Hitarth Dadia, Partner, NOFILTR.GROUP, opines that the requirement might not bring about significant changes. "If a substantial number of people decide someone is significant, that person becomes a celebrity - it's just another label," he says. "This change won't bring about a substantial difference. Many creators have already experienced the weight of fame, receiving recognition in public, similar to traditional celebrities. This development acknowledges something that has been evolving for a while," he adds.

Agents or managers of celebrities will now be required to provide signed written confirmation to ASCI, attesting to due diligence carried out regarding the claims and representations in the ad.

The guidelines also advise against endorsement of products, treatments or remedies that are prohibited from advertising under the Drugs and Magic Remedies (Objectionable Advertisements) regulations and the Drugs and Cosmetic Act 1940, along with its associated rules.

Additionally, celebrities will be required to refrain from participating in ads for products that are legally mandated to carry health warnings such as “… is injurious to health” on their packaging or promotional materials.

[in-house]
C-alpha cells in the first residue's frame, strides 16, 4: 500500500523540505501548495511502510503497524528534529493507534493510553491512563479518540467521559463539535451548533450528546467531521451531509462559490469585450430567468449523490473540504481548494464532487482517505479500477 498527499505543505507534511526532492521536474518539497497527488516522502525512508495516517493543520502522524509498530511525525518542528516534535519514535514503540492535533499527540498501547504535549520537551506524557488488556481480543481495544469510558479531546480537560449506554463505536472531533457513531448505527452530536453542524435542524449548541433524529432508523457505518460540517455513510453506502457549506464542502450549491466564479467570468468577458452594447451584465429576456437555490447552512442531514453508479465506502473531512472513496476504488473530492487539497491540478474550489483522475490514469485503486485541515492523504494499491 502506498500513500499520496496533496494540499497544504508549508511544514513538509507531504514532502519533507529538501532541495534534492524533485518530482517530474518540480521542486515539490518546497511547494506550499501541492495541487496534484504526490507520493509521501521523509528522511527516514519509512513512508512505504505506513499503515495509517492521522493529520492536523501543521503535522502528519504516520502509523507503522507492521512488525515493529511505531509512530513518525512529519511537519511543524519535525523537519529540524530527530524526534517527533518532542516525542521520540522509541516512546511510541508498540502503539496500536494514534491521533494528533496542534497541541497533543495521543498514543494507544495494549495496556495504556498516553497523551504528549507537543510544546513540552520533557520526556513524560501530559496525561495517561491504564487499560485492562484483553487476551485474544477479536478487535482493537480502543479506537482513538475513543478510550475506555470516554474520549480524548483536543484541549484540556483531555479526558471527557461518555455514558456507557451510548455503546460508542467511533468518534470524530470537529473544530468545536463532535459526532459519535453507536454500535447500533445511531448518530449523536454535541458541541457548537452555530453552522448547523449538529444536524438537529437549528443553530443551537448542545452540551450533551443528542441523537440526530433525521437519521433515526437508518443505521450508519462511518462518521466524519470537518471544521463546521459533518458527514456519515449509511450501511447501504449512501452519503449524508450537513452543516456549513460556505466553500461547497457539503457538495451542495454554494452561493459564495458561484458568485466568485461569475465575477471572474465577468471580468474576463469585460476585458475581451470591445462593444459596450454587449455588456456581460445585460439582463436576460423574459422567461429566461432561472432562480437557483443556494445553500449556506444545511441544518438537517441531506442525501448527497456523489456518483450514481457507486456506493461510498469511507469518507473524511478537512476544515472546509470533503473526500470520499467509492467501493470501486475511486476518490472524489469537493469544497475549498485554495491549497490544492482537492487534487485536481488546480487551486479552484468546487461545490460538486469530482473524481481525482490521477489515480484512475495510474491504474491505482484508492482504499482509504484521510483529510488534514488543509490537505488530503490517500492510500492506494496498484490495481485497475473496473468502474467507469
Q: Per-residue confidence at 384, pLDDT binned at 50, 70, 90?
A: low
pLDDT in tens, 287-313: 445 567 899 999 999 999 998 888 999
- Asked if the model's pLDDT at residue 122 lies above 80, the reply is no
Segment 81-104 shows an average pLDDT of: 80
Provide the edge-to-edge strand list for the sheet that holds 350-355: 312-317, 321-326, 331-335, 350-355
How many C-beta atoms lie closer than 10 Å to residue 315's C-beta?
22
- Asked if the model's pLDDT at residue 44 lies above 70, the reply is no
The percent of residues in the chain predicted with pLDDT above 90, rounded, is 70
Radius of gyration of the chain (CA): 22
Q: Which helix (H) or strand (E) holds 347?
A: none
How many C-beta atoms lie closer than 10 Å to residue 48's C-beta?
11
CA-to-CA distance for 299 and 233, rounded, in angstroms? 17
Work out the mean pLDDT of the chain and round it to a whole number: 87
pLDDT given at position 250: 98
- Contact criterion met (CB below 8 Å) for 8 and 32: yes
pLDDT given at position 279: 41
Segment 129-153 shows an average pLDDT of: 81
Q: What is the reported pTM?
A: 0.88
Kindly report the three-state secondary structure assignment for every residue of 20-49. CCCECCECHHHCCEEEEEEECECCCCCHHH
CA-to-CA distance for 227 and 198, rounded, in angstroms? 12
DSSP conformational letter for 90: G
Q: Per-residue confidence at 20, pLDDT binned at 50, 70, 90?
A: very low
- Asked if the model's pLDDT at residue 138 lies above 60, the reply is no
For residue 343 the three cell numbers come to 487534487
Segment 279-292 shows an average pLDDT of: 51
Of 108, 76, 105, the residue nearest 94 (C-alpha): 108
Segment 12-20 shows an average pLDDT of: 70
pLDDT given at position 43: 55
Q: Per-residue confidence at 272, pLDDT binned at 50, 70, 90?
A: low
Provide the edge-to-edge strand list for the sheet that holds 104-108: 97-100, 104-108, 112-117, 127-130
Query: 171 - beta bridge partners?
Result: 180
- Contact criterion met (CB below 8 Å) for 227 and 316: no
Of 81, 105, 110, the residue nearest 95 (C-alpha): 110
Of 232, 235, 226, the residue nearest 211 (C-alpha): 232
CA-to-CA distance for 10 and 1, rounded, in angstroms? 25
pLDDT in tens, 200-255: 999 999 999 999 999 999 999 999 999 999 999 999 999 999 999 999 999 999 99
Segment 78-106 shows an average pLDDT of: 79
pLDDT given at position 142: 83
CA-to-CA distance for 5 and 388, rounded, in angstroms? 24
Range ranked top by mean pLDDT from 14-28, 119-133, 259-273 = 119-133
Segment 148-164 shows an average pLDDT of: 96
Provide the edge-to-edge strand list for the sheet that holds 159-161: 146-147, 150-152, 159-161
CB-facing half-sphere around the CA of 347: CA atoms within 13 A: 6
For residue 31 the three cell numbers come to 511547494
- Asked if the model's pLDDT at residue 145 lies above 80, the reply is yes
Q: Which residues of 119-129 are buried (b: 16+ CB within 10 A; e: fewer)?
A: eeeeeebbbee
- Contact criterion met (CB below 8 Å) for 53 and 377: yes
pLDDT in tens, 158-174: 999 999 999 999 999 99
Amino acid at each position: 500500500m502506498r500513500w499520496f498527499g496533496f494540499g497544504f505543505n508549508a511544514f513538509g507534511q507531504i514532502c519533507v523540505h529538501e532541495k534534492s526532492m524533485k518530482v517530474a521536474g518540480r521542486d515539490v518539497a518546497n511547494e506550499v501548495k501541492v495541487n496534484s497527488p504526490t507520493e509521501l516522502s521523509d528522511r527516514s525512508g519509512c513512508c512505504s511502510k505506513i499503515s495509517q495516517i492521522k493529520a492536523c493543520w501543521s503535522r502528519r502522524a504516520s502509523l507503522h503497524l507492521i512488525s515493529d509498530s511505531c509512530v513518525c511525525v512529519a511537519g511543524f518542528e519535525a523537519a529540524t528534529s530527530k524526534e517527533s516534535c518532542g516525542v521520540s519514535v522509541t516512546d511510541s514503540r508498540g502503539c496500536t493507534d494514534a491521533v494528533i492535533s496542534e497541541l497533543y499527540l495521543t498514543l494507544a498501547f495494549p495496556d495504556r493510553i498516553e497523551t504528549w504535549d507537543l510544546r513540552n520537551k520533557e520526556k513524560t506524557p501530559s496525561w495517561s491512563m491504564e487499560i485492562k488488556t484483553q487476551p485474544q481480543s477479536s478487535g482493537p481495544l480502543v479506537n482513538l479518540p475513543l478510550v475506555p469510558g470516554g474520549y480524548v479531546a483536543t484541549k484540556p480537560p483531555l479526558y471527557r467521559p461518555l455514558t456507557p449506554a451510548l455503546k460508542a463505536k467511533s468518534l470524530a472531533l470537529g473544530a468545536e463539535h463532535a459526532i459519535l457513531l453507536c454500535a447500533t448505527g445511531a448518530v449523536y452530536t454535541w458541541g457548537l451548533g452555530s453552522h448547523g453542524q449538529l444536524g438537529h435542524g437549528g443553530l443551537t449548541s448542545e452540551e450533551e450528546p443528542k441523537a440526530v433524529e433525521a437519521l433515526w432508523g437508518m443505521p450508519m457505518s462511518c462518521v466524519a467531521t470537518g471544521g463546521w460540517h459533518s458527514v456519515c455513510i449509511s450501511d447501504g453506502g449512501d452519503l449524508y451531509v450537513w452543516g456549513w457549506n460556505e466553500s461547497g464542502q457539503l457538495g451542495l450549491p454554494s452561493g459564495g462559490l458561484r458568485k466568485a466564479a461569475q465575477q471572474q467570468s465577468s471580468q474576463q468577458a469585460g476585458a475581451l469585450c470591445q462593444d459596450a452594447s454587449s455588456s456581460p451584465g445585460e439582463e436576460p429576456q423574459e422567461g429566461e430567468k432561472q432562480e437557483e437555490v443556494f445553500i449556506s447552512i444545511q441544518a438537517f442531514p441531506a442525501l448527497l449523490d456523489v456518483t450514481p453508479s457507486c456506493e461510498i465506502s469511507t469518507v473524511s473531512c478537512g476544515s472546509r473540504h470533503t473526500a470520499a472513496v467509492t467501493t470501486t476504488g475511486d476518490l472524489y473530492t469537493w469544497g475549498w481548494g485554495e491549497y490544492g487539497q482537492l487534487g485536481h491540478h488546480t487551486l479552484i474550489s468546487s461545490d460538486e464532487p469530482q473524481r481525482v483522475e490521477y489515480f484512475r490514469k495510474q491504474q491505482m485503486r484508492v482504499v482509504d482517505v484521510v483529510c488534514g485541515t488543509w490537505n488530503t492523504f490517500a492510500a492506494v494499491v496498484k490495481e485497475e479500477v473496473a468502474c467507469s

Will influencer marketing agencies have to spend on educating creators who’ve now become celebrities, thanks to ASCI’s new guidelines?

Kumar from KlugKlugs is a little skeptical of how the paradigm shift will actually work in practice. He believes that there are products from both major brands and new startups that can convincingly deceive anyone.

Expecting influencers to validate brand authenticity is impractical
Kalyan Kumar, CEO of KlugKlug

Earlier this year, the Central Consumer Protection Authority (CCPA) also introduced regulations pertaining to influencer endorsements. The CCPA possesses the authority to levy fines of up to Rs 10 lakh on manufacturers, advertisers and endorsers. In cases of repeated violations, the penalty can increase to Rs 50 lakh.

The CCPA also has the power to restrict endorsers of deceptive ads from endorsing any product for a duration of one year for initial violations and up to three years for subsequent breaches.

According to ASCI, a specific guideline for celebrities mandates that ads featuring them should adhere to it code. Celebrities are also expected to understand and embody the essence of the code.

The guidelines emphasise that celebrities are responsible for conducting due diligence to ensure that the claims made in the ads can be objectively verified and substantiated. In cases where required, celebrities must present evidence of this due diligence.